Friday, 09 March 2018 12:55

Animal welfare regulations are important for New Zealand

Written by  Peter Burke
Professor David Mellor. Professor David Mellor.

New Zealand is internationally recognised for its well-founded and stringent animal welfare regulations. Yet, as reporter Peter Burke notes, cases of mistreatment of animals keep coming before the courts.

Breaches of the animal welfare regulations have long tarnished the image of New Zealand farming. 

The bobby calf scandal, as exposed by an animal rights organisation and which led to the formulation of new regulations, is one high-profile example. There have been others. 

But a good law is no guarantee of preventing some farmers from failing to meet their legal obligations to treat animals well. Prosecutions of farmers mistreating stock appear with monotonous regularity in the media.

But the news is not all bad, says Professor David Mellor, a bio-ethics specialist at the School of Veterinary Science, Massey University. 

He says farmers are now more keenly aware of what animal welfare means than they were 20-or-so years ago. Farmers then did not fully understand what was required and the extent of the pain and other unpleasant experiences animals can feel. 

Nowadays, when a breach of animal welfare regulations is reported, the regulators look to see how and why this occurred.

“For example, did the animal welfare problem arise because of the personal circumstances of the producer and did this result in a catastrophic outcome?” Mellor says. 

“The next question asked is whether or not it is a matter of education or a misunderstanding of the law, and will some form of education -- such as people coming onfarm to demonstrate best practice -- solve the problem?”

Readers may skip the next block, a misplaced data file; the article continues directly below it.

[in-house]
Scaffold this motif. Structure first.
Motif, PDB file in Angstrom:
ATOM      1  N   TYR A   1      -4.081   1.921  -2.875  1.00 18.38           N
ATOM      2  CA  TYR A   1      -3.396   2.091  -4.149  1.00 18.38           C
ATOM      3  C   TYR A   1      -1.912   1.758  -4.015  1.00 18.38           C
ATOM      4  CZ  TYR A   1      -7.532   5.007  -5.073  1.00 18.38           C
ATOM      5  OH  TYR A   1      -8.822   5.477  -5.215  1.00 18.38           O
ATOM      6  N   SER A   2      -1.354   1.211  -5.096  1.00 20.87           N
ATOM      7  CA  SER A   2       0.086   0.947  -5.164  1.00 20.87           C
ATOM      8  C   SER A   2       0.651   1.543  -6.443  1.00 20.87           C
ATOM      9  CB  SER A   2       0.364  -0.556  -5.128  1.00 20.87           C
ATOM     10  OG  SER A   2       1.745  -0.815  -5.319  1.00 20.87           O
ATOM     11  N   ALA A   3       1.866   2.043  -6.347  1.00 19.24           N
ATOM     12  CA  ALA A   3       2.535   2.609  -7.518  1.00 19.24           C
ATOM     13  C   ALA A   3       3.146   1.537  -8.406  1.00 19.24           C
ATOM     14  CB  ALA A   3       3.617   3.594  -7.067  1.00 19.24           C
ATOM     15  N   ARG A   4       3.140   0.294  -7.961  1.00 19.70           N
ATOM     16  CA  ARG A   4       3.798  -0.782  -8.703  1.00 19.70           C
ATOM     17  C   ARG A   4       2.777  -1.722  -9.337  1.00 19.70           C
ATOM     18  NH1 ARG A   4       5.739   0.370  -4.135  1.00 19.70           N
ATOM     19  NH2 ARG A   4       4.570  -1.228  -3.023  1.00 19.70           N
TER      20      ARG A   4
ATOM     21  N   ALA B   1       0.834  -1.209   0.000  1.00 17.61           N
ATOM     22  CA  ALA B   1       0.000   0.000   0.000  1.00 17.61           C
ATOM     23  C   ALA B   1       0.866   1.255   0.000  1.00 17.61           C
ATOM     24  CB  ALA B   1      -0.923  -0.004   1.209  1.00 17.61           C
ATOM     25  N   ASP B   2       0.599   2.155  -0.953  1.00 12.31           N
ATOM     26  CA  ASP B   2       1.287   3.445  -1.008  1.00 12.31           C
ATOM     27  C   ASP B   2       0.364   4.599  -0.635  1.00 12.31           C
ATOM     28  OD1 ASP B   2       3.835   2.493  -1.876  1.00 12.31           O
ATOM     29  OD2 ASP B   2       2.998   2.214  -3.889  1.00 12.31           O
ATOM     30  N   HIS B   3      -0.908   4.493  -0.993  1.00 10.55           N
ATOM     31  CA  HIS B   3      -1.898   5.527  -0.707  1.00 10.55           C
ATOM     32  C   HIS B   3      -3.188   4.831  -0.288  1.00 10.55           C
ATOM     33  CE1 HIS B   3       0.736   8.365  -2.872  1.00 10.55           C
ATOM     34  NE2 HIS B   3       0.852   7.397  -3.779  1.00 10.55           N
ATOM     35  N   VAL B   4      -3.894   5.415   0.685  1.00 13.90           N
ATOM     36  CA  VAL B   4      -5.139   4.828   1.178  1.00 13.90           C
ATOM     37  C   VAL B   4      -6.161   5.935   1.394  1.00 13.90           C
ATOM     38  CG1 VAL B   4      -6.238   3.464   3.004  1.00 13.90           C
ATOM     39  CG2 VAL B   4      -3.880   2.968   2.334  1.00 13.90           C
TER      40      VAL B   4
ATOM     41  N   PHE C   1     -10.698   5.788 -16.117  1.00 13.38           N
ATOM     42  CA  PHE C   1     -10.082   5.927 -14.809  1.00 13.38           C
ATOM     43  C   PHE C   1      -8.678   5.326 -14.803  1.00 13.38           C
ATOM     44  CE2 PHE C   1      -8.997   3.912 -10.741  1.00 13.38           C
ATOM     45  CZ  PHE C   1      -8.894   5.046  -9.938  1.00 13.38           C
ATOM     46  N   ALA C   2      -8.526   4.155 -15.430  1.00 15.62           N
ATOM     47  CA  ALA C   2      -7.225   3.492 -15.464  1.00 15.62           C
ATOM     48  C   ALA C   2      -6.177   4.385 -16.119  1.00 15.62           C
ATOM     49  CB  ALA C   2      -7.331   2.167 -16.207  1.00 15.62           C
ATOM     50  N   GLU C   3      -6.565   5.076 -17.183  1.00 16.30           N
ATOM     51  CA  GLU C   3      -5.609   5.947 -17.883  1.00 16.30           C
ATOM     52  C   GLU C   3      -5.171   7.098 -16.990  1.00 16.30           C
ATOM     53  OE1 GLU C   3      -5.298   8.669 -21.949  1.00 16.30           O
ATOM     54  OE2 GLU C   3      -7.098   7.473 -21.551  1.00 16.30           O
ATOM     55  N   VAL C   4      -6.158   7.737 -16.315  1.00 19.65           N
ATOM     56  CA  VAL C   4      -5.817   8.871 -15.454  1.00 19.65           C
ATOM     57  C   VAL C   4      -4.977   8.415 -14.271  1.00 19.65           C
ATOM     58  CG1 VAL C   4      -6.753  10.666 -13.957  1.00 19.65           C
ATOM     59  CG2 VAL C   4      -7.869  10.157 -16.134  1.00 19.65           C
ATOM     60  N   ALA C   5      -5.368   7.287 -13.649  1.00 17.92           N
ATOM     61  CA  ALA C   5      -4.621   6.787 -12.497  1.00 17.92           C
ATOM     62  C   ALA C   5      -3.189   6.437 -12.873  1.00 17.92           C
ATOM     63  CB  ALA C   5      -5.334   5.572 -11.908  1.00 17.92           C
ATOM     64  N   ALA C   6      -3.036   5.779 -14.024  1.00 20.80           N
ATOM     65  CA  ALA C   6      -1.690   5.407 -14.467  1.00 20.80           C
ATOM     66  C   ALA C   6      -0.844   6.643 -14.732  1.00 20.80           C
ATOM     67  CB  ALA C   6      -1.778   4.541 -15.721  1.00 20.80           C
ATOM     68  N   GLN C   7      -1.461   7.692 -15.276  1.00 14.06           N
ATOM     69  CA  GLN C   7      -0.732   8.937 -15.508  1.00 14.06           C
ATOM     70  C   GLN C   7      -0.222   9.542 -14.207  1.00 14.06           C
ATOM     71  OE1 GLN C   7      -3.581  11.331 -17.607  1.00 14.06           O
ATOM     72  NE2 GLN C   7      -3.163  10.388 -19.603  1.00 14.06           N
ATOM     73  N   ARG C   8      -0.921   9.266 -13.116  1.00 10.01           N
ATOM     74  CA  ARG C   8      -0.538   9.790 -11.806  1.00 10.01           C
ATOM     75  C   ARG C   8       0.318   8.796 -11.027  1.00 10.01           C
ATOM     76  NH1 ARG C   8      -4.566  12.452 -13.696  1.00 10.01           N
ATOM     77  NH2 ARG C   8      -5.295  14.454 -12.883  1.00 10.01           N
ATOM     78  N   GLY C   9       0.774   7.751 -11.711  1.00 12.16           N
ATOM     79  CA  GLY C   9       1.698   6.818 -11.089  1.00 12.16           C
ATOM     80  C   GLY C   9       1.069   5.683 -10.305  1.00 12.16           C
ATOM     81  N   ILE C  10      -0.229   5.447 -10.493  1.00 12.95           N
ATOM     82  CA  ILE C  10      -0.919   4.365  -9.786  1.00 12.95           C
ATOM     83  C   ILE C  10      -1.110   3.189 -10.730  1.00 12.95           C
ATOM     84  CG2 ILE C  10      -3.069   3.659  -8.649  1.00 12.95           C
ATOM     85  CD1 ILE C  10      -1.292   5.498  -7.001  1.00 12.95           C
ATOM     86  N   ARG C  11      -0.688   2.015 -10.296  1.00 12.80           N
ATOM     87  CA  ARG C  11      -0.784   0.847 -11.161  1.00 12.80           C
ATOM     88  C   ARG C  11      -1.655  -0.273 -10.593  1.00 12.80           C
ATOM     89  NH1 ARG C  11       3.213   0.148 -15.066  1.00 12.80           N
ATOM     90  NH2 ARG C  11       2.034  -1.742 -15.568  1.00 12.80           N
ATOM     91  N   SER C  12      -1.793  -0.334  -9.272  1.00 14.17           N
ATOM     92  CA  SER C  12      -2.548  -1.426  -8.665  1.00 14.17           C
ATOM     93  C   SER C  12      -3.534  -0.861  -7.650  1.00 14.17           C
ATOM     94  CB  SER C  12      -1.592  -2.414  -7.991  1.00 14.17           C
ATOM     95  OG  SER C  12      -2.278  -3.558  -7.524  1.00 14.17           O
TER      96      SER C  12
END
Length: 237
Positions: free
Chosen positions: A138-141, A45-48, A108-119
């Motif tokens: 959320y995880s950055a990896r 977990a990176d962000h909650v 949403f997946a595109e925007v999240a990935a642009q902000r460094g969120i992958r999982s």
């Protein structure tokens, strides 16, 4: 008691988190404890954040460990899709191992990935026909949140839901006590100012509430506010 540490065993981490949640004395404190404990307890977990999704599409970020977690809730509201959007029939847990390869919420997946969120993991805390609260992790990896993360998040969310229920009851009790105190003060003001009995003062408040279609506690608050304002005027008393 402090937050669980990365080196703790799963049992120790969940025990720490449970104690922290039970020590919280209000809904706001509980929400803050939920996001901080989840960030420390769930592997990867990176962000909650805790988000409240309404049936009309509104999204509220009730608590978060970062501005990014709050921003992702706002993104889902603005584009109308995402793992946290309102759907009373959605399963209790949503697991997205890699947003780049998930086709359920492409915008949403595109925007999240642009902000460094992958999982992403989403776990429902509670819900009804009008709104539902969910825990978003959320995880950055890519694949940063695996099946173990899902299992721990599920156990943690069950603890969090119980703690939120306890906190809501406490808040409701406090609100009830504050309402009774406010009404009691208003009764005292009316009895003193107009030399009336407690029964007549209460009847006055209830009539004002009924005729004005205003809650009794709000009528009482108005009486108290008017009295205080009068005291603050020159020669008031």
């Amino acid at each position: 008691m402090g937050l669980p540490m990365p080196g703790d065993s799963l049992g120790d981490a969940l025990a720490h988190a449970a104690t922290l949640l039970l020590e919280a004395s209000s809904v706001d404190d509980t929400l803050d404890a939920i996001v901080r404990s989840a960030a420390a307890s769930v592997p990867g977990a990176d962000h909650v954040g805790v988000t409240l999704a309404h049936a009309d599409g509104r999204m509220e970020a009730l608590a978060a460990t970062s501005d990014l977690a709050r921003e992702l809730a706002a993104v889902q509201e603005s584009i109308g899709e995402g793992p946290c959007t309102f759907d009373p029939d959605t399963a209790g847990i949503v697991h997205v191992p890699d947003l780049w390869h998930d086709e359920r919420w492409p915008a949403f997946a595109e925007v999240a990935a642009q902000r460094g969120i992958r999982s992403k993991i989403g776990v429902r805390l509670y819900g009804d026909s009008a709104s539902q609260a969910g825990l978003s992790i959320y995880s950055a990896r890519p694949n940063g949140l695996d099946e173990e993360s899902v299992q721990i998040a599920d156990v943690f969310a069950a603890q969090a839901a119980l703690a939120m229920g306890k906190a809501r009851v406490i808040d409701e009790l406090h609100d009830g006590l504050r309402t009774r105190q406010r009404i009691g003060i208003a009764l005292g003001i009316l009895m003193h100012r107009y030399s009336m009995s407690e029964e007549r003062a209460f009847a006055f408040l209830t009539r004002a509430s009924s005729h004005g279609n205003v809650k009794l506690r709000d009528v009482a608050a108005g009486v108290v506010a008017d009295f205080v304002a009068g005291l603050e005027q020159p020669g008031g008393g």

But Mellor says if farmers don’t respond positively to advice or are antagonistic to it, then the authorities have to decide whether or not a prosecution is merited. 

In some cases, where there is compelling evidence of obvious ill-treatment or wilful or persistent ill-treatment, a prosecution may be taken immediately.

“Taking a prosecution is a big step because by their nature they are extremely expensive and there needs to be compelling evidence to secure a guilty verdict,” he explains.

In dealing with animal welfare problems, Mellor says, the Animal Welfare Act focuses solely on the welfare of animals and no account is taken of wider implications such as damage to the reputation of NZ agriculture.

In recent years, much has been said by farming industry leaders and scientists about the fallout for NZ from cases of animal cruelty. It has been said that consumers in our high-value markets want assurances that animals are treated well, in some cases as a precondition for buying our products.

Mellor says the NZ public are quick to seize on breaches of animal welfare standards, so sticking to the rules is necessary to maintain public support for farming.      


More like this

Bobby calf welfare improvement

Primary Industries Minister Nathan Guy is welcoming a new report showing a major improvement in bobby calf welfare last year.

Ramming cow with quad bike earns ban

A former contract milker has been banned from working in the dairy industry for 12 months for ramming a dairy cow with a quad bike, causing it severe pain and distress.

All in together for bobby calves — Editorial

It is great to see all those involved with bobby calves working cooperatively and positively to forestall a repeat of the terrible incident that aired on television showing mistreatment of these helpless animals.


» Latest Print Issues Online

The Hound

Face palm

This old mutt would love to have been a fly on the wall at the PGG Wrightson HQ when news…

Going potty?

Just when your old mate thought the boffins at MPI couldn’t be seen in a worse light, given the M.bovis…


» Connect with Rural News